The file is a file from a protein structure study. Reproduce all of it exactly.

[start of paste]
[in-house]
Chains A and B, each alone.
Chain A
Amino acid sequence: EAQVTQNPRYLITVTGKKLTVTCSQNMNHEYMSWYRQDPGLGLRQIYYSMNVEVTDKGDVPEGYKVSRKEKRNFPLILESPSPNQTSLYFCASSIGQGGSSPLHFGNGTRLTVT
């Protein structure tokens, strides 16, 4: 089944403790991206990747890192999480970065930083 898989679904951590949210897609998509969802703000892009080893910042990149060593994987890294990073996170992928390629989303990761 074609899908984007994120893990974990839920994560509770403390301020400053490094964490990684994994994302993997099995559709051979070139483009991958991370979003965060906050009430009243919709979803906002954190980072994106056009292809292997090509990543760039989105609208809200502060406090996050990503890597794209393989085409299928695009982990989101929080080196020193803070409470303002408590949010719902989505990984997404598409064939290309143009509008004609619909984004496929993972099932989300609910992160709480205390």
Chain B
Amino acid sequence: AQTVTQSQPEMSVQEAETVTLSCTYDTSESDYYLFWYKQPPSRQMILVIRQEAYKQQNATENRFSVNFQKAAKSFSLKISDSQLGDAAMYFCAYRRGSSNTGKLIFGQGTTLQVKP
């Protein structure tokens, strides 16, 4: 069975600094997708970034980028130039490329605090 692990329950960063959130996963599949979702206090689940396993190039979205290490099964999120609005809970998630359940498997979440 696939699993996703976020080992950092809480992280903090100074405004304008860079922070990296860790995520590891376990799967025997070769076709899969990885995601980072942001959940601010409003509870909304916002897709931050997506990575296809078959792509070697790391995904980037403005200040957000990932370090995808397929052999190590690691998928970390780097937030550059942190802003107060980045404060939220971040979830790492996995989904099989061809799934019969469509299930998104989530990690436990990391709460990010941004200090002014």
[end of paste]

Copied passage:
[in-house]
Chains A and B, each alone.
Chain A
Amino acid sequence: EAQVTQNPRYLITVTGKKLTVTCSQNMNHEYMSWYRQDPGLGLRQIYYSMNVEVTDKGDVPEGYKVSRKEKRNFPLILESPSPNQTSLYFCASSIGQGGSSPLHFGNGTRLTVT
């Protein structure tokens, strides 16, 4: 089944403790991206990747890192999480970065930083 898989679904951590949210897609998509969802703000892009080893910042990149060593994987890294990073996170992928390629989303990761 074609899908984007994120893990974990839920994560509770403390301020400053490094964490990684994994994302993997099995559709051979070139483009991958991370979003965060906050009430009243919709979803906002954190980072994106056009292809292997090509990543760039989105609208809200502060406090996050990503890597794209393989085409299928695009982990989101929080080196020193803070409470303002408590949010719902989505990984997404598409064939290309143009509008004609619909984004496929993972099932989300609910992160709480205390």
Chain B
Amino acid sequence: AQTVTQSQPEMSVQEAETVTLSCTYDTSESDYYLFWYKQPPSRQMILVIRQEAYKQQNATENRFSVNFQKAAKSFSLKISDSQLGDAAMYFCAYRRGSSNTGKLIFGQGTTLQVKP
């Protein structure tokens, strides 16, 4: 069975600094997708970034980028130039490329605090 692990329950960063959130996963599949979702206090689940396993190039979205290490099964999120609005809970998630359940498997979440 696939699993996703976020080992950092809480992280903090100074405004304008860079922070990296860790995520590891376990799967025997070769076709899969990885995601980072942001959940601010409003509870909304916002897709931050997506990575296809078959792509070697790391995904980037403005200040957000990932370090995808397929052999190590690691998928970390780097937030550059942190802003107060980045404060939220971040979830790492996995989904099989061809799934019969469509299930998104989530990690436990990391709460990010941004200090002014």